Students who are bored at school are often deterred by the thought of spending four more years in school, the study's authors point out. They advocate a dual system of preparedness more like some European countries, where students either prepare to enter college or opt for more career-oriented training traditionally associated with trades and apprenticeships.
U.S. Secretary of Education Arne Duncan responded to the study Wednesday saying "college and career-ready skills are

Monday, February 7, 2011

A Conservative Politician's Take on an Environmentally-Friendly Economy

Book Review and Summary of The Constant Economy by Zac Goldsmith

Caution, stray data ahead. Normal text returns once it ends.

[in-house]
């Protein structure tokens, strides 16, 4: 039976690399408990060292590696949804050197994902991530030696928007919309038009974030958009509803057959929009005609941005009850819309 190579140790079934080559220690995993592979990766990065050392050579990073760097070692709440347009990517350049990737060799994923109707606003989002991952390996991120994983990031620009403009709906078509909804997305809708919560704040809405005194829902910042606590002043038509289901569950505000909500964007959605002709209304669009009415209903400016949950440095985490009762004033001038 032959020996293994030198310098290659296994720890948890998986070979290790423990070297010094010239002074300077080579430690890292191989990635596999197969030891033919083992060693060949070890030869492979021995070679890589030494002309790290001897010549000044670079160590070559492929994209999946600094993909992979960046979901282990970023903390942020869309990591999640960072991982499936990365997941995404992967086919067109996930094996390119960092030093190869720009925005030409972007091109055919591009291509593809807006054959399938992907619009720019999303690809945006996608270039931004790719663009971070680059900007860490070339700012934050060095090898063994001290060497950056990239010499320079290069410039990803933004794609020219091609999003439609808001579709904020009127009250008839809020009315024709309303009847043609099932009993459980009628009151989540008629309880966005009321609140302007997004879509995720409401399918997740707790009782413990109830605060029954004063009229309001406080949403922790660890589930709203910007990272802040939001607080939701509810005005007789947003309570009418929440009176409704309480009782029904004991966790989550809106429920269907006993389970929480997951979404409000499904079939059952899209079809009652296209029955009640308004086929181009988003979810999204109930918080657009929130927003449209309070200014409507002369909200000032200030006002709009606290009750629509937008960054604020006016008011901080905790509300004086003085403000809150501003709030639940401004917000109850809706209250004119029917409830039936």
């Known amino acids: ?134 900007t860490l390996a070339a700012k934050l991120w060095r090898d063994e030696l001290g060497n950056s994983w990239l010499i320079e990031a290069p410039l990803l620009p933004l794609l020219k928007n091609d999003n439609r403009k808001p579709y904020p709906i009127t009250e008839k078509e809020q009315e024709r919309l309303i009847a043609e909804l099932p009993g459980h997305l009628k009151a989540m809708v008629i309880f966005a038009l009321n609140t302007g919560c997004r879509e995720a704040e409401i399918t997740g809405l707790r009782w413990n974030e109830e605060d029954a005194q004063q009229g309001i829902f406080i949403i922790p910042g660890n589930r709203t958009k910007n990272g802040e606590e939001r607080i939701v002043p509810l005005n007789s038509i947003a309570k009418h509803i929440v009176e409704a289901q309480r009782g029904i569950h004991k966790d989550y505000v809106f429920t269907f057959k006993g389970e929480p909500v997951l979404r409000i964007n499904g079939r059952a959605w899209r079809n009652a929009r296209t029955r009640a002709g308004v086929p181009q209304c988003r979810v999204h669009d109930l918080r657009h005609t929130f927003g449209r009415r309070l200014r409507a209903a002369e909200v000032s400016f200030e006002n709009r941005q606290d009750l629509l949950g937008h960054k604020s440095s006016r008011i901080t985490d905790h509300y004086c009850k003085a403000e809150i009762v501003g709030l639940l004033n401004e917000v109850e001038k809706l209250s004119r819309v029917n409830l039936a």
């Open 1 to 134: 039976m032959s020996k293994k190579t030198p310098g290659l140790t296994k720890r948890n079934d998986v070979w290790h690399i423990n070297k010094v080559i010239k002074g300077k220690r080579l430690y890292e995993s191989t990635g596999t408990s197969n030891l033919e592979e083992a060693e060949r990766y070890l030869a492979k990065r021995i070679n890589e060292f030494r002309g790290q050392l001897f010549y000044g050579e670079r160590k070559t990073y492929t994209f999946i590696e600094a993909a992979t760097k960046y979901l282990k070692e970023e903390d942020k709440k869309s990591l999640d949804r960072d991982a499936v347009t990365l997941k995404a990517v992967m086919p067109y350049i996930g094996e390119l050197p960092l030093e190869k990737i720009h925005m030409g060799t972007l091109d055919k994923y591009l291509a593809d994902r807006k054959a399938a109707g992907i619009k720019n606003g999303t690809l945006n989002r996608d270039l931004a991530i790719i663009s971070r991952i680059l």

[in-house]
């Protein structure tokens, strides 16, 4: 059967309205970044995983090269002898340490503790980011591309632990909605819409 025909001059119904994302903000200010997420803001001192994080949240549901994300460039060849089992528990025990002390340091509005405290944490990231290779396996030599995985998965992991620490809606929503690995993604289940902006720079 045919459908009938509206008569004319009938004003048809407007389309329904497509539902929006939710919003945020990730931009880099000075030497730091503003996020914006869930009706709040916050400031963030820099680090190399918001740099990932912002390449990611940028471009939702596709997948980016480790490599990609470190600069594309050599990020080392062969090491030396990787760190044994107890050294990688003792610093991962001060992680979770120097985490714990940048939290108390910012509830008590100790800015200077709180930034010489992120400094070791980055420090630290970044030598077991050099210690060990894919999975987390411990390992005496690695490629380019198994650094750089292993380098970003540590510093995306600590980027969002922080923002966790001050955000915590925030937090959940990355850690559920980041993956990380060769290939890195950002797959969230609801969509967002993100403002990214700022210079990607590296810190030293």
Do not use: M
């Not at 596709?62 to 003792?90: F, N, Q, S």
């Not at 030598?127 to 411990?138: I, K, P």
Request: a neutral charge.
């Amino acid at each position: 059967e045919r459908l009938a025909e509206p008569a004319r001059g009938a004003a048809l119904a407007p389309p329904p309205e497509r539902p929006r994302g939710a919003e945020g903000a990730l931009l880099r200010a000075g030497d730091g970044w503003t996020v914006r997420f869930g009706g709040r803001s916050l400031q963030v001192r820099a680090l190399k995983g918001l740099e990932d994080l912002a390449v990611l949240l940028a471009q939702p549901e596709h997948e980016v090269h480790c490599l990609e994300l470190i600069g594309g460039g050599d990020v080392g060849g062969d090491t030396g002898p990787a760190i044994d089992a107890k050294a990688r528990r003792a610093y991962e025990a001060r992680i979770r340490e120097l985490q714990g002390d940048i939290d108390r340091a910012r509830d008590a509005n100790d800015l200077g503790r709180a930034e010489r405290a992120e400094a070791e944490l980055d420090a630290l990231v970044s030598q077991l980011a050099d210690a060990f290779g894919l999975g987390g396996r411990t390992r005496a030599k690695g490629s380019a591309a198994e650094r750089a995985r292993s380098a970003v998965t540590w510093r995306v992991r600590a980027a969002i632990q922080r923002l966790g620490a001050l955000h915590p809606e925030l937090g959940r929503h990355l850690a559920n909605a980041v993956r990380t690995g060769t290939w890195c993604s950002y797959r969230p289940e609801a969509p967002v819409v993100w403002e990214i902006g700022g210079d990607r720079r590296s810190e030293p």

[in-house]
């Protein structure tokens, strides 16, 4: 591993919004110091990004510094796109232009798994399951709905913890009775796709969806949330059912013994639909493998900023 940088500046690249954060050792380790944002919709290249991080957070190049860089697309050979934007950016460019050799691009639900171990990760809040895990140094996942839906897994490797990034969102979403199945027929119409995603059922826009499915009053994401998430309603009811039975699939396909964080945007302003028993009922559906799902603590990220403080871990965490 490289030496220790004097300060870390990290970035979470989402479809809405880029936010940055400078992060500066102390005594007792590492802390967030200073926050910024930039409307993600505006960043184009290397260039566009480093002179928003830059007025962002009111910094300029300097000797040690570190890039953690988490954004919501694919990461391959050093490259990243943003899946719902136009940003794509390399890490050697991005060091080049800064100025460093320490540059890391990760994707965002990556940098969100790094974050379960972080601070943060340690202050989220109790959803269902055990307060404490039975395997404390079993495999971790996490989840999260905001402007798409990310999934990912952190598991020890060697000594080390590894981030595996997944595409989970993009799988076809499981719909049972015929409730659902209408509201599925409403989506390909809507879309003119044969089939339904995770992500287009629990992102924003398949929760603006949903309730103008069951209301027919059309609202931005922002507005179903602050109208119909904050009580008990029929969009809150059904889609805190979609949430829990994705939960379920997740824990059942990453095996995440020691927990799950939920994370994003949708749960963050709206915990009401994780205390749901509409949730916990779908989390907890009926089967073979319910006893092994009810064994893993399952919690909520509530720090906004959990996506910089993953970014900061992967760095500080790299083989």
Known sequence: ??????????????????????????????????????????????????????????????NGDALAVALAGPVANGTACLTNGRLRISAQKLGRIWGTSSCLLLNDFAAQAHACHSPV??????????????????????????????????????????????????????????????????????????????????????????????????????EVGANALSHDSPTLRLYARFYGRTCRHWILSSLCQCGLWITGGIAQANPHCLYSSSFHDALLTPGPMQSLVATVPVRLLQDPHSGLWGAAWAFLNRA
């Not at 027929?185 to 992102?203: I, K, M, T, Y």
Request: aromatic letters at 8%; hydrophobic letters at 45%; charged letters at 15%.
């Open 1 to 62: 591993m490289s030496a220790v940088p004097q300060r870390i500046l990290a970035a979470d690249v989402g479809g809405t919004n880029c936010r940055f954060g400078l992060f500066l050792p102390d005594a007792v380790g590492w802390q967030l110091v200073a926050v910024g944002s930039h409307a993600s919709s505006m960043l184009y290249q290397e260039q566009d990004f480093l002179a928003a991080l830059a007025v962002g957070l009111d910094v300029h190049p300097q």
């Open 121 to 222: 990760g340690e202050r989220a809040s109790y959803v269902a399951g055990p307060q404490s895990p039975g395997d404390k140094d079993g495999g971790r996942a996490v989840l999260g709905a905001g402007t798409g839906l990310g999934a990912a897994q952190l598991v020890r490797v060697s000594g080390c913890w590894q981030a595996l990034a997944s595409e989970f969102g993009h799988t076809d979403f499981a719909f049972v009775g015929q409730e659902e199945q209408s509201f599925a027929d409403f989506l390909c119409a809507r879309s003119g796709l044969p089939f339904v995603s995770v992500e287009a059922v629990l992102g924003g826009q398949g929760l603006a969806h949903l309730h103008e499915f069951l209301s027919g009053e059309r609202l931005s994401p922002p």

conservative environmentalism
Zac Goldsmith, editor of the Ecologist magazine and current Conservative prospective parliamentary candidate in Britain, outlines a number of political policies designed to move industrialized countries (focusing on Britain in particular) towards a more sustainable economy. In addition, he compiles many critical facts that demonstrate the absolute necessity of change. His book, The Constant Economy, incorporates these facts and ideas into one practical vision for an economically-stable, environmentally-sustainable economy.

As a British politician, Goldsmith goes into detail into fixing Britain’s particular problems through Britain’s particular governmental structure. However, I’ve generalized his ideas for the purposes of this review.
One of the themes of Goldsmith’s recommended policies is the idea that governments should set

Friday, February 4, 2011

Amateurs use balloon to film Earth from space (Wired)

By Amy Rolph